Women know that transitioning into menopause is a natural part of life. For some, this occurs in their early forties, while other women are still suffering in their fifties and wondering if it will ever end.
Here are five facts about menopause that may prepare you a little more for what lies ahead:
1) There is no test to determine how long perimenopause will last or when menopause will start. Unfortunately this has yet to be developed and the timeline definitely varies by woman. Typically, women follow the women in their family such as their mom, aunts, grandma and sisters.
Some women have mild symptoms for a couple of years while others experience severe symptoms that are ongoing. Symptoms do seem to wax and wane and can change over the course of this transition and rest assured, it does not last forever.
2) There is no “cure” for menopause. Many women want to know if there's a pill they can swallow to take it all away. Unfortunately, that depends.
Some experience a lot of mental emotional changes that requires different treatment for those who are having hot flashes and night sweats. And as this can change, the treatment may change. This is why it is important to educate yourself about menopause.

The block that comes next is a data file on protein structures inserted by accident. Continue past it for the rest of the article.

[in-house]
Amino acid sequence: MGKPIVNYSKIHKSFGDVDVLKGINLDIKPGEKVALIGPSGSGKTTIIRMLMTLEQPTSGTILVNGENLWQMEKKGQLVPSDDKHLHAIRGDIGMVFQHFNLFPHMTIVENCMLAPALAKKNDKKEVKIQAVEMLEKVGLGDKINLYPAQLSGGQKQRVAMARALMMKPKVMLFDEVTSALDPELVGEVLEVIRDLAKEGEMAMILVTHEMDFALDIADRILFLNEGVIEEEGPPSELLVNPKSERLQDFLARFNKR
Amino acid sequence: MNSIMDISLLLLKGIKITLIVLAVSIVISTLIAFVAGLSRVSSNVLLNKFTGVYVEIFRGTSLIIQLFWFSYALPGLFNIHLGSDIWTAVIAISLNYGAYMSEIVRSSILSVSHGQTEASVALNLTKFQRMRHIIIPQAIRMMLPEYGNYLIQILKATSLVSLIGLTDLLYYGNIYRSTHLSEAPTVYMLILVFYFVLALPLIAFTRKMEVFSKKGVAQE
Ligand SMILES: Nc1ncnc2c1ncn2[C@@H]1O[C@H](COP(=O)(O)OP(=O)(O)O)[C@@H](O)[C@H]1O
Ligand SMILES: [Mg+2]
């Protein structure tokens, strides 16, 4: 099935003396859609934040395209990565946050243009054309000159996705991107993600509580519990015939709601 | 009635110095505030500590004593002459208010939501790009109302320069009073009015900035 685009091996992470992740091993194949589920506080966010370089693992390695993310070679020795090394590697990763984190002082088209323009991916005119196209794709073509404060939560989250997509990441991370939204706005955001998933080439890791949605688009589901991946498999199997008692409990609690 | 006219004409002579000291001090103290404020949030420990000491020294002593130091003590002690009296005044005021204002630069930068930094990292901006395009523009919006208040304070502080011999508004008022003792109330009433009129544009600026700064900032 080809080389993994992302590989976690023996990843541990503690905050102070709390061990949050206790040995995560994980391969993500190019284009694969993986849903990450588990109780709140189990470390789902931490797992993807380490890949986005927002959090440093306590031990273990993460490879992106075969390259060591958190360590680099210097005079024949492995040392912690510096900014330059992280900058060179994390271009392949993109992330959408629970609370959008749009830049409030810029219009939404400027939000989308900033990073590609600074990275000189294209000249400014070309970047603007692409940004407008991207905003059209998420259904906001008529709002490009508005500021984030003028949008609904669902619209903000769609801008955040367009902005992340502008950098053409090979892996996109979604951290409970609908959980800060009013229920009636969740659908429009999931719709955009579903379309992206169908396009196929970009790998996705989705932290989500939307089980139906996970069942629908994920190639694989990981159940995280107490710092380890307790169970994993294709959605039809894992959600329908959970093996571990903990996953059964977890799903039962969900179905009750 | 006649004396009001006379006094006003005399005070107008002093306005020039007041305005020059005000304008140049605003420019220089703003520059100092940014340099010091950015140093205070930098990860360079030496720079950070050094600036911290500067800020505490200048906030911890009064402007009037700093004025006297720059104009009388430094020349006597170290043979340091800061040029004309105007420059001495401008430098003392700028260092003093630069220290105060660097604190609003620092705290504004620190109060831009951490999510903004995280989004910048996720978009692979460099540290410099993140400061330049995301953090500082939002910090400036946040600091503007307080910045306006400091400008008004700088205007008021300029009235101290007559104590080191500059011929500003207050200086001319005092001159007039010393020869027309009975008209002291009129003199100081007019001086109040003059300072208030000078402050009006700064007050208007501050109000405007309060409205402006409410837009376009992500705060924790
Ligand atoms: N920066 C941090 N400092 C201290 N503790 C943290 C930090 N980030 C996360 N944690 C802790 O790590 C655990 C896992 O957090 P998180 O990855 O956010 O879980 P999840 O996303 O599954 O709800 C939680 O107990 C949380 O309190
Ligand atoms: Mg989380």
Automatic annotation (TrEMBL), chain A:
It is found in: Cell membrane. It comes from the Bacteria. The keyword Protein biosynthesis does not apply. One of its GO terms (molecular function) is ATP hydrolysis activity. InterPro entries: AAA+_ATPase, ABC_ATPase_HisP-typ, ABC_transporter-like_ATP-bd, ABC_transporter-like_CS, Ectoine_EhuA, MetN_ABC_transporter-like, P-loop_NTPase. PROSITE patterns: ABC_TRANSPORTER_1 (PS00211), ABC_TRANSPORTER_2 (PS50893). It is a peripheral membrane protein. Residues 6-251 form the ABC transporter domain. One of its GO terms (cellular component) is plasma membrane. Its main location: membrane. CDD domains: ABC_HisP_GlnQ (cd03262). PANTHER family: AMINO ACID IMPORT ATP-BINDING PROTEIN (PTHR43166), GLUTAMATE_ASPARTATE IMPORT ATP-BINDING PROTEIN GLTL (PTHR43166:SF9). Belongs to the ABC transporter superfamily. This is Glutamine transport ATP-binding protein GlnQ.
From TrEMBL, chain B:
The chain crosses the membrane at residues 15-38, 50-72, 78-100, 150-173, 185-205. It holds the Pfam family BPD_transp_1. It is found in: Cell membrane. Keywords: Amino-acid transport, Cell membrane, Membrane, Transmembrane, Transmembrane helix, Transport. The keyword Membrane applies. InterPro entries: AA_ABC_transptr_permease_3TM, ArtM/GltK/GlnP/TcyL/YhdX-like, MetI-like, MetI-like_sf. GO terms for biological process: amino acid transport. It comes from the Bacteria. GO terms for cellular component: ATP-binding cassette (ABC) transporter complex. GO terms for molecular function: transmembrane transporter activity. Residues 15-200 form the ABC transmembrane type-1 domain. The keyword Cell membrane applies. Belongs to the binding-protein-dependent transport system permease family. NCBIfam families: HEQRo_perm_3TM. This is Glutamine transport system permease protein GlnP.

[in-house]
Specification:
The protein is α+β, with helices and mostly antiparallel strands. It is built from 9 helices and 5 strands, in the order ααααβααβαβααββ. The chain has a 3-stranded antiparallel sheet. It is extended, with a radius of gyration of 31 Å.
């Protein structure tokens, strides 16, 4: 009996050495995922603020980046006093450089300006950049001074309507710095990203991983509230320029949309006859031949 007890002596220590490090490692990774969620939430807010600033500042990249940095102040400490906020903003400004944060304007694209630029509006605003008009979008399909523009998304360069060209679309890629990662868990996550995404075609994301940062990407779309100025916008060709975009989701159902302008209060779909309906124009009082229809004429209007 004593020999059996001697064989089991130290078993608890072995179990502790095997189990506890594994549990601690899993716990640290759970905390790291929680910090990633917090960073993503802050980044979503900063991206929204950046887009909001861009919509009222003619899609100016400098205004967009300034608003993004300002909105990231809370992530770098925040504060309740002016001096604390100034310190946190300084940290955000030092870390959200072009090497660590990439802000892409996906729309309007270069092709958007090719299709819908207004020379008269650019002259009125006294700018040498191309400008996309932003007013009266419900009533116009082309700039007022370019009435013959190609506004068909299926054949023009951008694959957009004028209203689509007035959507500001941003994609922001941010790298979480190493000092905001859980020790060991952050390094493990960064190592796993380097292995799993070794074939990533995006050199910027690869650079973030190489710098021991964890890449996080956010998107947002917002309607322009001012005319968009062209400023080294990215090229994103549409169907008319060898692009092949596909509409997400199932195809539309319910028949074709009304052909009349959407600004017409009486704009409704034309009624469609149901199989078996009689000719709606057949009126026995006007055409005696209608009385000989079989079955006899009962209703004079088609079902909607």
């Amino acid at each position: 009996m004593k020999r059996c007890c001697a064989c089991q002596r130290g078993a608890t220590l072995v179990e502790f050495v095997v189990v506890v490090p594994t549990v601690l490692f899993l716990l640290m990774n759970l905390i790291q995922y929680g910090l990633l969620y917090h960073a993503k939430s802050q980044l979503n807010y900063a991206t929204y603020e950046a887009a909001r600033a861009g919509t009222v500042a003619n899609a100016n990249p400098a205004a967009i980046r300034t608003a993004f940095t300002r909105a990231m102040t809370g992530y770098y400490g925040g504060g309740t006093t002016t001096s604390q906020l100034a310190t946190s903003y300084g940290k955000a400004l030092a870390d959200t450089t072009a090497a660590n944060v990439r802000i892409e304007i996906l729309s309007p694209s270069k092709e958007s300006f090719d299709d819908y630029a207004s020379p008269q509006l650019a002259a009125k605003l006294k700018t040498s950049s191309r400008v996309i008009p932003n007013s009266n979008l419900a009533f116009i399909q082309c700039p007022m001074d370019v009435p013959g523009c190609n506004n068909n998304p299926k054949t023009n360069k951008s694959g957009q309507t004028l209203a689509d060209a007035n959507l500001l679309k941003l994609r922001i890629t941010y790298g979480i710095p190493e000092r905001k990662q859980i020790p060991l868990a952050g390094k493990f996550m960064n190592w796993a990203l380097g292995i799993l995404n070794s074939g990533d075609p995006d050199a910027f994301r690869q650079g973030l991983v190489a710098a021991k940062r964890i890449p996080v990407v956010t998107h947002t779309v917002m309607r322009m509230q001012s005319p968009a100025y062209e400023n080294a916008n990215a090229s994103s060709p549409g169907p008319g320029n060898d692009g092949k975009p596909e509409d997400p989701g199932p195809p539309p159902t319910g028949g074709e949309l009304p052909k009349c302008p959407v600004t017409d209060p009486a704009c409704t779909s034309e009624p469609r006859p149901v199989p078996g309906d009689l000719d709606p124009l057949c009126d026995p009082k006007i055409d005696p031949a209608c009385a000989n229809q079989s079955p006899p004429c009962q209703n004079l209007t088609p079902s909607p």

3) There are options for treatment. While there is no “cure,” there are a number of options including natural supplements, vitamins, hormones, and different medications. As menopause involves change, it is time to change your diet and exercise routine. It is time to get more sleep, focus on stress response, eat healthy, and do what makes you happy.
4) The weight gain is normal, but it's not fun. Many women report an increase in weight around their abdomen without changing their diet or exercise routine. The Mayo Clinic has suggested that on average, women gain about 12 pounds within eight years of menopause because of hormone changes, decrease in muscle mass, and increase in fat.
Extra diligence is needed to cut out sugar, eat healthy, focus on protein and vegetables, and maintain muscle mass.
5) Irregular bleeding is expected in perimeopause but any bleeding postmenopause is a problem. As women get closer to losing their menstrual cycle altogether, their periods usually come and go at random times.
Sometimes they will skip a few months, sometimes it will come every few weeks. Sometimes it is quite heavy, sometimes it is quite light. As the ovaries begin to shut down, they become very erratic.
Once a woman stops bleeding completely for 12 months she is considered post-menopausal and should not bleed again. If she does, she needs to talk with her health care provider right away.
By understanding the course of menopause better, one can be better prepared to expect the unexpected. Talk with your health care provider today about hormones, testing, and treatment options to help make it a smoother journey.
1) Mayo Clinic. (2014). Menopause Weight Gain: Stop the Middle Age Spread.
2) Munro, M., Southern California Permanente Medical Group’s Abnormal Uterine Bleeding Working Group. (2014). Investigation of Women with Postmenopausal Uterine Bleeding: Clinical Practice Recommendations.
Reviewed September 16, 2014
by Michele Blacksberg RN
Edited by Jody Smith